Students in the mechatronics class at Cornell University watch their robots compete for blocks. (Photo by Zoë Freer-Hessler)

ITHACA, N.Y.—Duffield Hall is no exception to the end-of-semester bustle on Cornell University’s campus. For the eighth year, after a hiatus in 2020, the Cornell mechatronics class held its annual robotics competition in partnership with the semiconductor company ASML on Tuesday, Dec. 7.

“ASML has been sponsoring the mechatronics course here at Cornell for the past nine years,” said Ken Bogursky, director of mechanical development at ASML. “It’s been a great opportunity to give back to the university and sponsor growing engineers interested in mechatronics.”

Featuring 50 teams comprised of students from the mechatronics class, the assignment for this year’s competition was for two similar robots to compete to bring as many blocks as possibly dispersed on the competition board to the home side of the board, explained Sanket Rairker, a test engineer at ASML who works with mechatronics class.

“The board is split into two sides, each side has its own color,” Rairker said. “This is a nice way to show their skills and that they know how to program a robot without controlling the motors, which is a part of this course, and make sure that they can plan their way around the board, not only stay on the board but to have the maximum number of blocks on their side.”

Each team is made up of three students, and the autonomous robots began on either the blue or yellow side and competed head-to-head for the blocks. Because of the end goal of collecting the most blocks, each robot was designed with some type of mechanism to push and contain blocks once they had reached them. One had a snow-plow–like design with long arms that folded down to extend the plow. The ends of each arm were shaped to hold onto the blocks that were collected so long as forward movement was maintained.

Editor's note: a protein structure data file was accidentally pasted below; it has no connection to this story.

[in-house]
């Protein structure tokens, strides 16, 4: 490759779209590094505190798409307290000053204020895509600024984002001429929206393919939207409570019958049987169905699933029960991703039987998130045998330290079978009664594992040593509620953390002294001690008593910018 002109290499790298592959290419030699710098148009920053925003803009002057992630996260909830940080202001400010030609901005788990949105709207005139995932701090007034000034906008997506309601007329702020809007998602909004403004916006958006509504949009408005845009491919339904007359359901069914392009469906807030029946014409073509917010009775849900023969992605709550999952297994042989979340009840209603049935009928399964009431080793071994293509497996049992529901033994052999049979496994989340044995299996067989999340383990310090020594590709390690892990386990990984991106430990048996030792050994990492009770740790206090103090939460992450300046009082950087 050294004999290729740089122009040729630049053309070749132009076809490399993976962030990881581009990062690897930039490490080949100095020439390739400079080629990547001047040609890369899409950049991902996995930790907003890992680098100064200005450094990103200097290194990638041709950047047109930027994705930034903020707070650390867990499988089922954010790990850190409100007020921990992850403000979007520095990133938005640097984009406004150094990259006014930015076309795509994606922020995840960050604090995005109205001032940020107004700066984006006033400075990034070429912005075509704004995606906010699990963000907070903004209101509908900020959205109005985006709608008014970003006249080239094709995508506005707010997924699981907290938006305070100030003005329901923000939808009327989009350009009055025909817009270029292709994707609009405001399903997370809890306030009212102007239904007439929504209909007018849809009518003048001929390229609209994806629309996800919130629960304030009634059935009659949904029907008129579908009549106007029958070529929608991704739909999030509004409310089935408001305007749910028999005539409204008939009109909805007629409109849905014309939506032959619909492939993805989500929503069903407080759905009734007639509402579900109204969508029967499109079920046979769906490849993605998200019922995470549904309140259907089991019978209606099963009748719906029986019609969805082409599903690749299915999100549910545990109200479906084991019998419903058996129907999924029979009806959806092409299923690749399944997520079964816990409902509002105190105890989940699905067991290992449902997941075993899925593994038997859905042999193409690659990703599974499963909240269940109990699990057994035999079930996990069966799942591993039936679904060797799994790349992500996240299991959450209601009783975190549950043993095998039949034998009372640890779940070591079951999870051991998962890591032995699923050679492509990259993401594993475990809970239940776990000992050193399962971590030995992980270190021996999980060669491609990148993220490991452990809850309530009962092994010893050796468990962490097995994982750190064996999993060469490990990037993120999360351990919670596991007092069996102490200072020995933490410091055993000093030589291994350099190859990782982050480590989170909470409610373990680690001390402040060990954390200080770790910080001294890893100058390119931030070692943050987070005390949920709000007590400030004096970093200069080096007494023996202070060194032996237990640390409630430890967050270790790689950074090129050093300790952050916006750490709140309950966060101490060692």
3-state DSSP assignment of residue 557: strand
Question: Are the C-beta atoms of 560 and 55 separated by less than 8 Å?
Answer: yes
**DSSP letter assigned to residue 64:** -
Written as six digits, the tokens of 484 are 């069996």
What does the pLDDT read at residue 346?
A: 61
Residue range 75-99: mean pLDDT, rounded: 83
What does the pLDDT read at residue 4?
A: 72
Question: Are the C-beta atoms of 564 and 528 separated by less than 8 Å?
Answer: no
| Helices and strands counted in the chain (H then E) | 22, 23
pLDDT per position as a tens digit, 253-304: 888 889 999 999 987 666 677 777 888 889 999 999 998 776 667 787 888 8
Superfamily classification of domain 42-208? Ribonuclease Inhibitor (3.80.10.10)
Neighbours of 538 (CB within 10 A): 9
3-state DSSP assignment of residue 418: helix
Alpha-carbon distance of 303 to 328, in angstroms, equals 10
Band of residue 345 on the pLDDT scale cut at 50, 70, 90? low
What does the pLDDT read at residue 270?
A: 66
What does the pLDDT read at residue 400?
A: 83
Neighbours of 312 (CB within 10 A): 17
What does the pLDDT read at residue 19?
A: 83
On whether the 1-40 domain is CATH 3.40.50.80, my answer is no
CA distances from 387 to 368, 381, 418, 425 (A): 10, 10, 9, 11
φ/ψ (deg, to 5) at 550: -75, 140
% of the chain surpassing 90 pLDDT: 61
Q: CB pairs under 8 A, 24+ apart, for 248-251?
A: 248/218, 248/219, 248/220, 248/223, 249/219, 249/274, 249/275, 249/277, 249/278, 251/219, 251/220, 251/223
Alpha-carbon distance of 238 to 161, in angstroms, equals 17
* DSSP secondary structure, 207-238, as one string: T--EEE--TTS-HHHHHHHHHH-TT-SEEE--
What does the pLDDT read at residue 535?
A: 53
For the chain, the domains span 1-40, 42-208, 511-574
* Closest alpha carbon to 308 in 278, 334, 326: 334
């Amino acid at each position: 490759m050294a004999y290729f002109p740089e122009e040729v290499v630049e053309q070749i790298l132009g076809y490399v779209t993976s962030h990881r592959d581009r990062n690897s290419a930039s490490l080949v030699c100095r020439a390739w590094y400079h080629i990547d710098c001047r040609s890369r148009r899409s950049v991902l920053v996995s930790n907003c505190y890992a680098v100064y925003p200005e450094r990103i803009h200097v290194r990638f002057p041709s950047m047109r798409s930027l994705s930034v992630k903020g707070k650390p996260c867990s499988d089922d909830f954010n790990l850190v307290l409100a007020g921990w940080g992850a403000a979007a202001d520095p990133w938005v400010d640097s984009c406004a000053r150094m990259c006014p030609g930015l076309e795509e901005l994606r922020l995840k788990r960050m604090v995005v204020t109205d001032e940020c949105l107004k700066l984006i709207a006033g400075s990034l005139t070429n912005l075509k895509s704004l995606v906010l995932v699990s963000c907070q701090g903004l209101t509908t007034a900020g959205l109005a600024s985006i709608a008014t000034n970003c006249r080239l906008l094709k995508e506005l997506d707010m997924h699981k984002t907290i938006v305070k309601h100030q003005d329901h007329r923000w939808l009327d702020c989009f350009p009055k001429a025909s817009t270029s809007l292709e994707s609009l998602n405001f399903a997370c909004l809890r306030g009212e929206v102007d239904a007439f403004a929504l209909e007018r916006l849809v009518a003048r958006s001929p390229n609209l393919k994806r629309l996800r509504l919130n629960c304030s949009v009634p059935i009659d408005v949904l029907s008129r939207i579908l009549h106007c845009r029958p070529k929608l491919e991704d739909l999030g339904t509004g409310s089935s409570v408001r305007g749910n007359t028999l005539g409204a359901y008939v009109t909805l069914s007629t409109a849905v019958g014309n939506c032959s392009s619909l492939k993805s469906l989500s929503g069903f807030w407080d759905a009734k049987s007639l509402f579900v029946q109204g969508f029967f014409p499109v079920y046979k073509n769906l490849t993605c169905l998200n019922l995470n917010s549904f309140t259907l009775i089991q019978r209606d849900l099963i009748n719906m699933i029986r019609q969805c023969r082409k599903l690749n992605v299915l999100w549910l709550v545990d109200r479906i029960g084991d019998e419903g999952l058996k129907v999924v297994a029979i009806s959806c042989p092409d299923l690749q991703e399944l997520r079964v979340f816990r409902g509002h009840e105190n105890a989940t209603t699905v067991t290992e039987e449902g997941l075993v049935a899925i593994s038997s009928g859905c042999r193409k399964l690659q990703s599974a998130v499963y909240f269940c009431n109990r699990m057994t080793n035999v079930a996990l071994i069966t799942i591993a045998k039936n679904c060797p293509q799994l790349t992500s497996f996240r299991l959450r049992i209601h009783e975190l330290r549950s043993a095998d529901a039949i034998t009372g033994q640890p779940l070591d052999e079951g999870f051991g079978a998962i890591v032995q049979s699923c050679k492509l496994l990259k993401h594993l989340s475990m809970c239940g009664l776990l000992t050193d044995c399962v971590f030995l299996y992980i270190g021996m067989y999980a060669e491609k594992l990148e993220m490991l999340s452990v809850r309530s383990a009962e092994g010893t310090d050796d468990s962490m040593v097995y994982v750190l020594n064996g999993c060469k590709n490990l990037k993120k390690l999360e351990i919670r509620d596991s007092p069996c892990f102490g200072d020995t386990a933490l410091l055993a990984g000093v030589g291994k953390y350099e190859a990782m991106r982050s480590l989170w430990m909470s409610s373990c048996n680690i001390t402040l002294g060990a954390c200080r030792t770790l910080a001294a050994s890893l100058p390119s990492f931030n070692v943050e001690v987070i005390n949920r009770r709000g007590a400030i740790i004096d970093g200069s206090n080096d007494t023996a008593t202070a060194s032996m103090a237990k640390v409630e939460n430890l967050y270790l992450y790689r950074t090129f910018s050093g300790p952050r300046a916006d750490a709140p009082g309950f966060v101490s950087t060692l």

Another robot had a base designed in the shape of a “U” to collect and hold on to any blocks it ran over. Another used arms facing backward so that after it maneuvered around the blocks, they would be trapped.

“The teams will compete with autonomous robots for the win, with Cornell looking to hang onto its title after successfully unseating ASML as the running champion in 2019,” Rairker said. “This year, some of the teams will include Cornell alums who joined the rival ASML team upon graduation.”

Felipe Santamaria, a student in the mechatronics class and an intern at ASML, said that the class has two projects throughout the semester and that the first project had been individualized and had allowed students to design their own project.

“I’ve learned a lot of things about circuitry and coding and design kind of come together in the real world,” Santamaria said of the class. “It’s been cool because Ken comes to our classes sometimes and gives presentations about how all the things that we’ve learned in class actually goes and is applied in the industry.”

CORRECTION 12/31/21: the headline previously stated that this was the 8th annual year partnering with ASML but it is the 9th annual year of the partnership.

Zoë Freer-Hessler

Zoë Freer-Hessler is a general assignment reporter for the Ithaca Voice. She has covered a wide range of topics since joining the news organization in November 2021. She can be reached at zhessler@ithacavoice.com...